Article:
I love acting. Being able to release emotions you donít normally get to show on a day-to-day basis is an amazing feeling. I sometimes approach acting with an audienceís POV, like if I was watching me what can I do to make sure the audience stays with me, how do they stay engaged with the story Iím telling. I could do without everything else to be honest, I love producing and writing but they were really just things to kick start my acting career. Maybe Iíll get behind the camera again soon but I donít have any plans to right now.


What can you tell us about your filmwork prior to No Way Out, in whatever position?


My first movie is out now called Anabolic Life. I wrote it, produced it and starred in it! See the pattern here? It was going to be my Rocky, an original story about anabolic steroid abuse due to the pressures of society. I went through 2 body transformations, one down to 130lbs and then another one to get up to 205lbs in it and also won Best Actor at the Orlando Film Festival. There were some direction changes and choices made out of my control which I think reduced the success of it, but itís still a great movie and itís available everywhere online right now.


Actors, directors, writers, whoever else who inspire you?


My fatherís work ethic inspires me. Heís not an artist at all but he worked 2 jobs while I was growing up to support the family. That alone gives me the drive to be successful. You really canít become an actor/filmmaker without help and without a support team. My parents and brother are my support team.


I had a really great acting teacher Will Wallace who kind of helped open my eyes to the world around me as a human and an actor. I also have so many friends who are supportive and that have been there for me along the way too, one in particular is actor/producer Matt OíNeill. He has always been a helping hand and a friend I could trust over these last 7 years in LA.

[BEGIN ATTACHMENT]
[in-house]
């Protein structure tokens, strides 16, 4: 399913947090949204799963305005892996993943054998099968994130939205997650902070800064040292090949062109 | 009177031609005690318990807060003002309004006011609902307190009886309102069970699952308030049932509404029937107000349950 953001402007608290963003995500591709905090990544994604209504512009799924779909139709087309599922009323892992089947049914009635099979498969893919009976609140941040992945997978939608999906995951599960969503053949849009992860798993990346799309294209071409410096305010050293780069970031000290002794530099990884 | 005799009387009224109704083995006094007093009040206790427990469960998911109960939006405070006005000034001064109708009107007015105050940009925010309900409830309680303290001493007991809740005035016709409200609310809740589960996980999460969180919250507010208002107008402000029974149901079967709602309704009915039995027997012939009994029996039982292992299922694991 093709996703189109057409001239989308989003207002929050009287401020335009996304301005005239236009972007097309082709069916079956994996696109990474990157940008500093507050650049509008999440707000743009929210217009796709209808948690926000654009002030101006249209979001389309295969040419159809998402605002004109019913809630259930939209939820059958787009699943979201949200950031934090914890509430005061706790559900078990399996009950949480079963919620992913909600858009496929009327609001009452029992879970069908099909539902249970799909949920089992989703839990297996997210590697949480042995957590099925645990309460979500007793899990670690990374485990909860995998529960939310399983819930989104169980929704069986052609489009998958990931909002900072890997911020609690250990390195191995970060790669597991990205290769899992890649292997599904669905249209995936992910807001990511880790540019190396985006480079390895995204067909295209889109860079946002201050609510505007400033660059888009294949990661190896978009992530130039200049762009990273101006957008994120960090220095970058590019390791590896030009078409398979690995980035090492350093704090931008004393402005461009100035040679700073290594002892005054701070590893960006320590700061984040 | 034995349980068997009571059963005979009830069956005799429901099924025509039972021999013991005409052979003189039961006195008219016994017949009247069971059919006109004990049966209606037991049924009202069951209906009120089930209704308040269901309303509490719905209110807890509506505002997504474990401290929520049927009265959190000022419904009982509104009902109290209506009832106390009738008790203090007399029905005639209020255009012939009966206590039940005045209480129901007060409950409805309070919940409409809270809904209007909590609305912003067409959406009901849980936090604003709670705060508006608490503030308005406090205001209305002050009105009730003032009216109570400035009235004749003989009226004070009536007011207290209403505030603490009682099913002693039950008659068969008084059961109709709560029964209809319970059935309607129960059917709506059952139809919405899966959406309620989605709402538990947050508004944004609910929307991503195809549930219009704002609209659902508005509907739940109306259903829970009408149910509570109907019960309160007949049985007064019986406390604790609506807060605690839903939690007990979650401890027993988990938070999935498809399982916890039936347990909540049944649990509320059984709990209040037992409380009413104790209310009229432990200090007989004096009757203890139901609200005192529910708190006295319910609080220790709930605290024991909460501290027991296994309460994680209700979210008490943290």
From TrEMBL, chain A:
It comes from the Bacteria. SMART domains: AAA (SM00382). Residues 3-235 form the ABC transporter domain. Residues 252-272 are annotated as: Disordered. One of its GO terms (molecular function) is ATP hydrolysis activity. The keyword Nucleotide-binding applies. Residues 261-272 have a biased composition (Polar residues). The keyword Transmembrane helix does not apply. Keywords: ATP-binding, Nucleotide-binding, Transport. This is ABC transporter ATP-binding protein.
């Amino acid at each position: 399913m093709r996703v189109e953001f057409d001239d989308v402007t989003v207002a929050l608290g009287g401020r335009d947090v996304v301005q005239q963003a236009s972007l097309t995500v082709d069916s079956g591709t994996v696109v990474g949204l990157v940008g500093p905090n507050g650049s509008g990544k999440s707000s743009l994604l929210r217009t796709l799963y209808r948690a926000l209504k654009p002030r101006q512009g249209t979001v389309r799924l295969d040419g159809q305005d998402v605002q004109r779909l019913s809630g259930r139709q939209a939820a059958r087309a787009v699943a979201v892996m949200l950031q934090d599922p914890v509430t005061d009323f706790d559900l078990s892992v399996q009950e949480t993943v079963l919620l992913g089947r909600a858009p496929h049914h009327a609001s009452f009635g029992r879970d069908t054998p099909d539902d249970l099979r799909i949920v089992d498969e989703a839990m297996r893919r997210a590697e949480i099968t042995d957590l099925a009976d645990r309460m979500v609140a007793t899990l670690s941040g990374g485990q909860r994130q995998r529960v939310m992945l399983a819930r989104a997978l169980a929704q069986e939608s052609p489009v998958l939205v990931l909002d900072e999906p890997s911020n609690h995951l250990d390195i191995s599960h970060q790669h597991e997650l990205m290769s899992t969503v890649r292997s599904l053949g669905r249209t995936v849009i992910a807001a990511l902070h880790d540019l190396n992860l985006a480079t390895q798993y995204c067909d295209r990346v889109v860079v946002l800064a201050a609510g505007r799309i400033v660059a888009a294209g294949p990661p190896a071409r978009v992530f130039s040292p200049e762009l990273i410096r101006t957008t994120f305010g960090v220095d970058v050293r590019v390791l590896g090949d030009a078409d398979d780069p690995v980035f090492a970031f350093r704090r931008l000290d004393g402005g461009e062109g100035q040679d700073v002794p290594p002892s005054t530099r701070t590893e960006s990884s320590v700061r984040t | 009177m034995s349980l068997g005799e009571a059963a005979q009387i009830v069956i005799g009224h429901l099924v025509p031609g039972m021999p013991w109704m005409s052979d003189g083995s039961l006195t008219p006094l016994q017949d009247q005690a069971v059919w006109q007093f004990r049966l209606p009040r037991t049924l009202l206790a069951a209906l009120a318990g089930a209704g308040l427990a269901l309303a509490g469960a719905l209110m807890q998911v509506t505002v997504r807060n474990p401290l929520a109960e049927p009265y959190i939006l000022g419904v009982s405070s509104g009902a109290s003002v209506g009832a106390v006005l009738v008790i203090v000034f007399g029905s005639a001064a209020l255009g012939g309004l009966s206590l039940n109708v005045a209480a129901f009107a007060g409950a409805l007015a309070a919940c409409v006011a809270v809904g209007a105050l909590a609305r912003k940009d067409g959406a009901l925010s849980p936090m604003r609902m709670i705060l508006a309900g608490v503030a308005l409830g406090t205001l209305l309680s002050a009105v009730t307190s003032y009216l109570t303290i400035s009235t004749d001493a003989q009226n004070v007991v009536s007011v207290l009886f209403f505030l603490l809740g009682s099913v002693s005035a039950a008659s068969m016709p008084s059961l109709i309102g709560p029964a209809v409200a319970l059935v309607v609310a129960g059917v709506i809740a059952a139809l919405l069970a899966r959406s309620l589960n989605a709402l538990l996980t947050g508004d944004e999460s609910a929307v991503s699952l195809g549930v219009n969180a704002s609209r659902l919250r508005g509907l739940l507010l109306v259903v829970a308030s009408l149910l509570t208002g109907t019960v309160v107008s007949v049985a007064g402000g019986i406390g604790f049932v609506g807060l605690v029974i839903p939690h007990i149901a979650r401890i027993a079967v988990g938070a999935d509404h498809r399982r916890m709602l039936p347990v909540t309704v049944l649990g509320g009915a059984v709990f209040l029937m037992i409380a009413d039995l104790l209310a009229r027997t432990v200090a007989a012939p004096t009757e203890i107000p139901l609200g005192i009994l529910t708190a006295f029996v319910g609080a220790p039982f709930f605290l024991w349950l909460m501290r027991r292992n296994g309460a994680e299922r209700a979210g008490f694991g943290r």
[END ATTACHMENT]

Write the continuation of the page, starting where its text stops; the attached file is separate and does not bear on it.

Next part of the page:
Your favourite movies?


Alien and Predator franchises for sure, 80s horror movies, I enjoy most Marvel movies - the last Avengers movie could be the best movie ever made and I love almost anything from Spielberg. I know every line to Jurassic Park and Jaws.


... and of course, films you really deplore?


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I mean making movies is hard and making good movies is close to impossible so I donít hate many movies but Iíll usually skip Lifetime and SyFy type made-for-TV movies.


Your/your movie's website, social media, whatever else?


Well you can stalk me on social media - @onlychrislevine -, and you can follow No Way Outís social media at @nowayouthorror


Anything else you're dying to mention and I have merely forgotten to ask?


I think you covered everything. Thanks for taking the time to check out the movie, Iím sure you get a ton of requests so I appreciate it. To your readers, No Way Out is an isolation horror film that really does a good job making you feel helpless in the Alaskan wilderness, I think youíll enjoy it. And if you do, reviews help indie films a lot so leave one.


Thanks for the interview!


© by Mike Haberfelner

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Thanks for watching !!!



Robots and rats,
demons and potholes,
cuddly toys and
shopping mall Santas,
love and death and everything in between,
Tales to Chill
Your Bones to

is all of that.


Tales to Chill
Your Bones to
a collection of short stories and mini-plays
ranging from the horrific to the darkly humourous,
from the post-apocalyptic
to the weirdly romantic,
tales that will give you a chill and maybe a chuckle, all thought up by
the twisted mind of
screenwriter and film reviewer
Michael Haberfelner.


Tales to Chill
Your Bones to

the new anthology by
Michael Haberfelner


Out now from




On the same day
a Burglar wants to kill you
and your Ex wants
to make up ...
... and for the life of it,
you can't decide


A Killer Conversation

produced by and starring
Melanie Denholme
directed by
David V.G. Davies
written by
Michael Haberfelner
Ryan Hunter and
Rudy Barrow

out now on DVD